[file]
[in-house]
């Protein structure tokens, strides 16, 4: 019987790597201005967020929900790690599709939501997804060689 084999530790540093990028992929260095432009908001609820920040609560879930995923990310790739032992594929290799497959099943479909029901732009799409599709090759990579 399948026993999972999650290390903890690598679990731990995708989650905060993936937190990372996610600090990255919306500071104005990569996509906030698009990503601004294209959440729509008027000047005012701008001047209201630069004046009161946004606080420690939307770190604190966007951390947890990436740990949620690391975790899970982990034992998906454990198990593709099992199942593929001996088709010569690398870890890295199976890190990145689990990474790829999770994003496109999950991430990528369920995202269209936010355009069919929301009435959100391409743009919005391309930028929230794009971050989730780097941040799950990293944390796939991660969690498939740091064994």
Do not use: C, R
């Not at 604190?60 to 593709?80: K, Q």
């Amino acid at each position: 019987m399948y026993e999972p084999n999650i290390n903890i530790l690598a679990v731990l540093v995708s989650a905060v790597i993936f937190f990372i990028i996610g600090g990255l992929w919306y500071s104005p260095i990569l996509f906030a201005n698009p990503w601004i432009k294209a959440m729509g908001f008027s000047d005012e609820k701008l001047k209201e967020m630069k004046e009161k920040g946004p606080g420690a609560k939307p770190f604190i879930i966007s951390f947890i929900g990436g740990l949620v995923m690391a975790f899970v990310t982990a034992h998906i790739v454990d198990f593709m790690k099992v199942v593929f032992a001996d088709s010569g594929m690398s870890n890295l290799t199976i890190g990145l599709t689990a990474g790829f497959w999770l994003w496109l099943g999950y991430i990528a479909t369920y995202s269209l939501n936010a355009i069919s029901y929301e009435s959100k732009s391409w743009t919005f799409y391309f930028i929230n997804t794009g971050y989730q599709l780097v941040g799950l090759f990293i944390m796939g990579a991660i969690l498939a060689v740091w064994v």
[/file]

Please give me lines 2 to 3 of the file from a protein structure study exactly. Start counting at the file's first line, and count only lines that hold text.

């Protein structure tokens, strides 16, 4: 019987790597201005967020929900790690599709939501997804060689 084999530790540093990028992929260095432009908001609820920040609560879930995923990310790739032992594929290799497959099943479909029901732009799409599709090759990579 399948026993999972999650290390903890690598679990731990995708989650905060993936937190990372996610600090990255919306500071104005990569996509906030698009990503601004294209959440729509008027000047005012701008001047209201630069004046009161946004606080420690939307770190604190966007951390947890990436740990949620690391975790899970982990034992998906454990198990593709099992199942593929001996088709010569690398870890890295199976890190990145689990990474790829999770994003496109999950991430990528369920995202269209936010355009069919929301009435959100391409743009919005391309930028929230794009971050989730780097941040799950990293944390796939991660969690498939740091064994």
Do not use: C, R